The Lost Hour
Set the timer and get ready because on the eve of Daylight Saving Time we asked artists and audiences – if you could get away with it, what would you do with the hour that gets lost?
The Lost Hour was a month long programme of activity featuring dares, performances and a durational exhibition online, in which artists and audiences were asked to confront the public vs private space, shirk their online history and shun the panopticon of surveillance.
Artist Addie Wagenknecht kick-started The Lost Hour programme with a visual investigation on the role of group thinking around public decisions to reveal or conceal private information via online work This Connection is Untrusted, as internationally renowned icon of underground culture John Law prepared to deliver The Challenge to a new generation of creative troublemakers.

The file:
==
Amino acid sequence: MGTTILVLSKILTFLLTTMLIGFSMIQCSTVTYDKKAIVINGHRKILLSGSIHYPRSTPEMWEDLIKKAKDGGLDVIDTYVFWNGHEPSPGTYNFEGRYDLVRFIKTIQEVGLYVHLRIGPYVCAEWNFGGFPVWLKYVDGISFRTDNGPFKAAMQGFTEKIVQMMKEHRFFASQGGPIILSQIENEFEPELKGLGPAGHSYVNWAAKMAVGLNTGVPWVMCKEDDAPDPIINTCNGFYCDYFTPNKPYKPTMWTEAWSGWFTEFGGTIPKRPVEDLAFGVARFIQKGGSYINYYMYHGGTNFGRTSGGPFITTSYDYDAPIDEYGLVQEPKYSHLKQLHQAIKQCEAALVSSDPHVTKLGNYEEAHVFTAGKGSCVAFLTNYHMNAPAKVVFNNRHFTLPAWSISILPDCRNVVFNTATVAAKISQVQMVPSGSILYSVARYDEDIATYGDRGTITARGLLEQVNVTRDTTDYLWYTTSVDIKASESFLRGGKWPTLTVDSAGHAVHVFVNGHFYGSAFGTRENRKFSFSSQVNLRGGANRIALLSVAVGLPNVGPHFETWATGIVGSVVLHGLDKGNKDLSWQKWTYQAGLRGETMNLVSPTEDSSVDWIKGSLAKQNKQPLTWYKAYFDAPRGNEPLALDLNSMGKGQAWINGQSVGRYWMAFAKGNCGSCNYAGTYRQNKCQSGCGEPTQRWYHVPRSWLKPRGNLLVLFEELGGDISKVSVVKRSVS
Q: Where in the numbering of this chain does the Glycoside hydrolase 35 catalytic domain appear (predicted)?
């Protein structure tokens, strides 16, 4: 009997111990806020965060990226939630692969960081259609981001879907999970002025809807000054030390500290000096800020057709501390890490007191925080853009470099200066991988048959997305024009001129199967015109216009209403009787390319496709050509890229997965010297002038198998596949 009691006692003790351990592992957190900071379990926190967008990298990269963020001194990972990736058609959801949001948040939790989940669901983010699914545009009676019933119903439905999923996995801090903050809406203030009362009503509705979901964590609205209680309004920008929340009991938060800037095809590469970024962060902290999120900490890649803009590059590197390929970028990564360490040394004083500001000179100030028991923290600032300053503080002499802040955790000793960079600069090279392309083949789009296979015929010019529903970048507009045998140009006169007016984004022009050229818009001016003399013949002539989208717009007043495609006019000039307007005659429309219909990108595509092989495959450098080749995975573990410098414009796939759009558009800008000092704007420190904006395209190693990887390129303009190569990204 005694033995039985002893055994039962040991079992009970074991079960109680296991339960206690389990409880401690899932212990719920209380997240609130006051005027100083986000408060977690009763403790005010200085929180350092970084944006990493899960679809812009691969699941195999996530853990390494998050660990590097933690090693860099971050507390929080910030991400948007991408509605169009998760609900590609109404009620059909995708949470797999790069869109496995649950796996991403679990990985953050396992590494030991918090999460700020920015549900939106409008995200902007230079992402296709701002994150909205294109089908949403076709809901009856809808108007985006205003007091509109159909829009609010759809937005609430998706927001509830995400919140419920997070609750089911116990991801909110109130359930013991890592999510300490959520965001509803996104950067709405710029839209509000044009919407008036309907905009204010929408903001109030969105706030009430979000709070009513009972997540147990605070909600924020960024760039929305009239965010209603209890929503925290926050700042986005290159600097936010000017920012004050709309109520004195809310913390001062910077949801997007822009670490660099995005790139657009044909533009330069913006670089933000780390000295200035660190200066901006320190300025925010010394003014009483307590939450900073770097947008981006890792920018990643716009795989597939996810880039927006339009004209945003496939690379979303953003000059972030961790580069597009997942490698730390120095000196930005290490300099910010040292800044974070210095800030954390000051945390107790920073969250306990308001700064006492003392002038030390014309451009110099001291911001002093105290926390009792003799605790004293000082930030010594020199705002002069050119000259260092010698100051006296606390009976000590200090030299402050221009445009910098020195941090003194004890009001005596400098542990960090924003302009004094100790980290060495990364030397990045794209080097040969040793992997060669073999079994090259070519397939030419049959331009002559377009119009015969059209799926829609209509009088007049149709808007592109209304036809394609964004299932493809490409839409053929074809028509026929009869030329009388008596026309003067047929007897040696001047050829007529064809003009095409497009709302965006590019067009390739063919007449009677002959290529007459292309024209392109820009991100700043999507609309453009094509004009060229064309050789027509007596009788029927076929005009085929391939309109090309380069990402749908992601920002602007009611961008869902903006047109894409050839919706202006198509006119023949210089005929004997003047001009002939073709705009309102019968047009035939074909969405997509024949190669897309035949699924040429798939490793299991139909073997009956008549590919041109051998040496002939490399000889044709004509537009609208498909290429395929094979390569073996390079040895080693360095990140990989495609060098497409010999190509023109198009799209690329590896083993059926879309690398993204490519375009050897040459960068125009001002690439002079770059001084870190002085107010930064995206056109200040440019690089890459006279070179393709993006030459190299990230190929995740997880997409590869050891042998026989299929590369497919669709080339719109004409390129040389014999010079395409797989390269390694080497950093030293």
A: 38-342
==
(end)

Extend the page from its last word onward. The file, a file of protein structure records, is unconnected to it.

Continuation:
Then, on 31 Oct the premiere of Trevor Paglen’s Circles was screened at ICA, coinciding with the nationwide release of Laura Poitras’ nerve shooting documentary about whistle blower Edward Snowden, CITIZENFOUR. This new artwork, commissioned by BRITDOC and Abandon Normal Devices, features Britain’s GCHQ as its focal point.
This programme of events was inspired by “The Right to be Forgotten” campaign which sparked in 2010 when a Spanish citizen lodged a complaint with the National Data Protection Agency against Google Spain and Google inc. Since then the campaign has spawned debates, discussions, articles and EU wide rulings about our privacy rights and how our personal data is archived and accessed online.
The Lost Hour was a golden ticket to an otherwise invisible world, where you were invited to waive or welcome your right to privacy and celebrate the ephemerality of the lived experience.